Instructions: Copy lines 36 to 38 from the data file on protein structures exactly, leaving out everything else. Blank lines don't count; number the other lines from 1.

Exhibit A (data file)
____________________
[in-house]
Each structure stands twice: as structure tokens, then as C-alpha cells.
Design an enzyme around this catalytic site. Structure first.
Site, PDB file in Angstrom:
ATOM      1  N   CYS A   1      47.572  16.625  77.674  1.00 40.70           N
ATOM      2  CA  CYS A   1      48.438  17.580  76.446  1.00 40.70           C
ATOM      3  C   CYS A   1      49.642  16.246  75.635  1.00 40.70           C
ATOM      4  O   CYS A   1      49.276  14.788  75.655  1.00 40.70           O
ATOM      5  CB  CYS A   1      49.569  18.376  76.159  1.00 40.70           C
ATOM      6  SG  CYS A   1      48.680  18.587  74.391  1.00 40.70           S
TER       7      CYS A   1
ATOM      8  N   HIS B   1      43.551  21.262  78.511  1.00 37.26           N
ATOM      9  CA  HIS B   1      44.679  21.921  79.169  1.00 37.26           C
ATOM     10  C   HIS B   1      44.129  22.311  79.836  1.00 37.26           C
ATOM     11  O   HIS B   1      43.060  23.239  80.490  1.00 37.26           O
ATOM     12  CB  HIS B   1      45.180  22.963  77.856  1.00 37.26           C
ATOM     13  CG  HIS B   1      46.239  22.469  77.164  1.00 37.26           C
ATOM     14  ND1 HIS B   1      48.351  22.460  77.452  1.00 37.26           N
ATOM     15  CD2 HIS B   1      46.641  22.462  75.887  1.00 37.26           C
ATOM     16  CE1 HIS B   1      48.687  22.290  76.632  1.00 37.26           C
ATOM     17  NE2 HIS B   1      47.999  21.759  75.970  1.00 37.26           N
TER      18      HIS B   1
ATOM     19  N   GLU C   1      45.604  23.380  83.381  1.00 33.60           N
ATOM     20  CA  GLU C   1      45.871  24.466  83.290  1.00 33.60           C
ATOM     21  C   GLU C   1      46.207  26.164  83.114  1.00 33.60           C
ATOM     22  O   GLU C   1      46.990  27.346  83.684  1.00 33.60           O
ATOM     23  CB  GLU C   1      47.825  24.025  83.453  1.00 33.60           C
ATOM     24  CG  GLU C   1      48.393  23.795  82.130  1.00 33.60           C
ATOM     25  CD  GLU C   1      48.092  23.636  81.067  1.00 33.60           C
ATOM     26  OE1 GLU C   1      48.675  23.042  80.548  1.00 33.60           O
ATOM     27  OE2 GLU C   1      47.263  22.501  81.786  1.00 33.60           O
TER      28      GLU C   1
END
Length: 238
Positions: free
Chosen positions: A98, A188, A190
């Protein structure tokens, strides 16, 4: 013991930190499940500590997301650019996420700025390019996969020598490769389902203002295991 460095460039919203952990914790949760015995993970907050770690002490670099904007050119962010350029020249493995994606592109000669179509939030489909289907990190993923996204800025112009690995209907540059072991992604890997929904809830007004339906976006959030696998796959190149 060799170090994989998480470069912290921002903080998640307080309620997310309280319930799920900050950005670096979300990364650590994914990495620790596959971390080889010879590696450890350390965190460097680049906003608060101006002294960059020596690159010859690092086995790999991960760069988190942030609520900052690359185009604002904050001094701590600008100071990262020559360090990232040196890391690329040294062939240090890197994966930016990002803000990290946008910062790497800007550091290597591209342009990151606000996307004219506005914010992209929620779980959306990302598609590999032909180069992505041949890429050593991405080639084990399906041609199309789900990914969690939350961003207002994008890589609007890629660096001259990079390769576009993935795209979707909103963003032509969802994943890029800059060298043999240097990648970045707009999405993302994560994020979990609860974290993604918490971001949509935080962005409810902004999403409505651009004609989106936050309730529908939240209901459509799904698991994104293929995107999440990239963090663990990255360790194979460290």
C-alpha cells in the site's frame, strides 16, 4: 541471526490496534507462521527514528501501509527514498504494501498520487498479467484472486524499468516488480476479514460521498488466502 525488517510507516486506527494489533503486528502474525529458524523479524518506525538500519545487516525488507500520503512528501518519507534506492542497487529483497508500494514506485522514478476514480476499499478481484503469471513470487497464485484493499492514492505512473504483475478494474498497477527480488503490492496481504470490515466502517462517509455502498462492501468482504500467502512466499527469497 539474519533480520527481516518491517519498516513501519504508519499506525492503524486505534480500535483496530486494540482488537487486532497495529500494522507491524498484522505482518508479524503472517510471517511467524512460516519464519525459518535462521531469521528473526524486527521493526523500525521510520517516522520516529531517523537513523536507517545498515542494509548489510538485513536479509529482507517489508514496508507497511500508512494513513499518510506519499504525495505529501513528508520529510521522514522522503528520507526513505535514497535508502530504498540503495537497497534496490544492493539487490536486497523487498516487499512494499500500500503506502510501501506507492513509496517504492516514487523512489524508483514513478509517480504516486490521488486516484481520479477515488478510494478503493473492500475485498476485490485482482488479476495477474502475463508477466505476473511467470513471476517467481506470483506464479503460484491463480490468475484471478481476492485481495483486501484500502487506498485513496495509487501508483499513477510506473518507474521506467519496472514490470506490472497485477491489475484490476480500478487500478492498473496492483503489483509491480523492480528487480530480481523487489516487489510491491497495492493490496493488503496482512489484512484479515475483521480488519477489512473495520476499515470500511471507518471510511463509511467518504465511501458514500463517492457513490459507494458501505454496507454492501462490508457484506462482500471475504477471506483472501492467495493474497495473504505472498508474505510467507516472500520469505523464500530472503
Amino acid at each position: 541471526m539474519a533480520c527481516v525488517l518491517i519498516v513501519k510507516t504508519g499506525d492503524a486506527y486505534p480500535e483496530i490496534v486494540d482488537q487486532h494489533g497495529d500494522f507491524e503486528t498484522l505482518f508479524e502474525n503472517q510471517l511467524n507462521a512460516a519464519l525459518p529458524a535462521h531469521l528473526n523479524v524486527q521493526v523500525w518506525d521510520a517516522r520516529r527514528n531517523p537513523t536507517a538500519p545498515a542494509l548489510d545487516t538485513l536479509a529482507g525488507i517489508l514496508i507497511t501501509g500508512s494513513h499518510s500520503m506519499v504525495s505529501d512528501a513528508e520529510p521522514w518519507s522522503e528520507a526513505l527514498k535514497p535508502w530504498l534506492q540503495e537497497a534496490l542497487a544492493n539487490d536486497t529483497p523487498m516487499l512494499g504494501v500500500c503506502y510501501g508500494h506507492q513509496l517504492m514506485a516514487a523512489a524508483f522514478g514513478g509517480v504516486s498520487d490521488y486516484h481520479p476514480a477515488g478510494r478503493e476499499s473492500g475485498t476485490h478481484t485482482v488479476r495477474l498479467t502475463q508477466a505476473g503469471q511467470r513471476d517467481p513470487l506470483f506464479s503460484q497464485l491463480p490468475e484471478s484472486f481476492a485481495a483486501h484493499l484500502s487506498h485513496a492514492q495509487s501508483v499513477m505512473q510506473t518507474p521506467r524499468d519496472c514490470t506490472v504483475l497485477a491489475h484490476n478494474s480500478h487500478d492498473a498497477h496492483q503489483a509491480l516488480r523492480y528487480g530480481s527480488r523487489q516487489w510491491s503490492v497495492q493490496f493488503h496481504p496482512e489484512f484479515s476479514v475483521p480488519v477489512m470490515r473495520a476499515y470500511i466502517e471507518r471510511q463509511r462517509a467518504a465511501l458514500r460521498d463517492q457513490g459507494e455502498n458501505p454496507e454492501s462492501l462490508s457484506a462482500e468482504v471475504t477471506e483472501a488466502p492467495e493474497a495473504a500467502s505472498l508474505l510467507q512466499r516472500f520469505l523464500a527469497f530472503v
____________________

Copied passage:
Chosen positions: A98, A188, A190
């Protein structure tokens, strides 16, 4: 013991930190499940500590997301650019996420700025390019996969020598490769389902203002295991 460095460039919203952990914790949760015995993970907050770690002490670099904007050119962010350029020249493995994606592109000669179509939030489909289907990190993923996204800025112009690995209907540059072991992604890997929904809830007004339906976006959030696998796959190149 060799170090994989998480470069912290921002903080998640307080309620997310309280319930799920900050950005670096979300990364650590994914990495620790596959971390080889010879590696450890350390965190460097680049906003608060101006002294960059020596690159010859690092086995790999991960760069988190942030609520900052690359185009604002904050001094701590600008100071990262020559360090990232040196890391690329040294062939240090890197994966930016990002803000990290946008910062790497800007550091290597591209342009990151606000996307004219506005914010992209929620779980959306990302598609590999032909180069992505041949890429050593991405080639084990399906041609199309789900990914969690939350961003207002994008890589609007890629660096001259990079390769576009993935795209979707909103963003032509969802994943890029800059060298043999240097990648970045707009999405993302994560994020979990609860974290993604918490971001949509935080962005409810902004999403409505651009004609989106936050309730529908939240209901459509799904698991994104293929995107999440990239963090663990990255360790194979460290």
C-alpha cells in the site's frame, strides 16, 4: 541471526490496534507462521527514528501501509527514498504494501498520487498479467484472486524499468516488480476479514460521498488466502 525488517510507516486506527494489533503486528502474525529458524523479524518506525538500519545487516525488507500520503512528501518519507534506492542497487529483497508500494514506485522514478476514480476499499478481484503469471513470487497464485484493499492514492505512473504483475478494474498497477527480488503490492496481504470490515466502517462517509455502498462492501468482504500467502512466499527469497 539474519533480520527481516518491517519498516513501519504508519499506525492503524486505534480500535483496530486494540482488537487486532497495529500494522507491524498484522505482518508479524503472517510471517511467524512460516519464519525459518535462521531469521528473526524486527521493526523500525521510520517516522520516529531517523537513523536507517545498515542494509548489510538485513536479509529482507517489508514496508507497511500508512494513513499518510506519499504525495505529501513528508520529510521522514522522503528520507526513505535514497535508502530504498540503495537497497534496490544492493539487490536486497523487498516487499512494499500500500503506502510501501506507492513509496517504492516514487523512489524508483514513478509517480504516486490521488486516484481520479477515488478510494478503493473492500475485498476485490485482482488479476495477474502475463508477466505476473511467470513471476517467481506470483506464479503460484491463480490468475484471478481476492485481495483486501484500502487506498485513496495509487501508483499513477510506473518507474521506467519496472514490470506490472497485477491489475484490476480500478487500478492498473496492483503489483509491480523492480528487480530480481523487489516487489510491491497495492493490496493488503496482512489484512484479515475483521480488519477489512473495520476499515470500511471507518471510511463509511467518504465511501458514500463517492457513490459507494458501505454496507454492501462490508457484506462482500471475504477471506483472501492467495493474497495473504505472498508474505510467507516472500520469505523464500530472503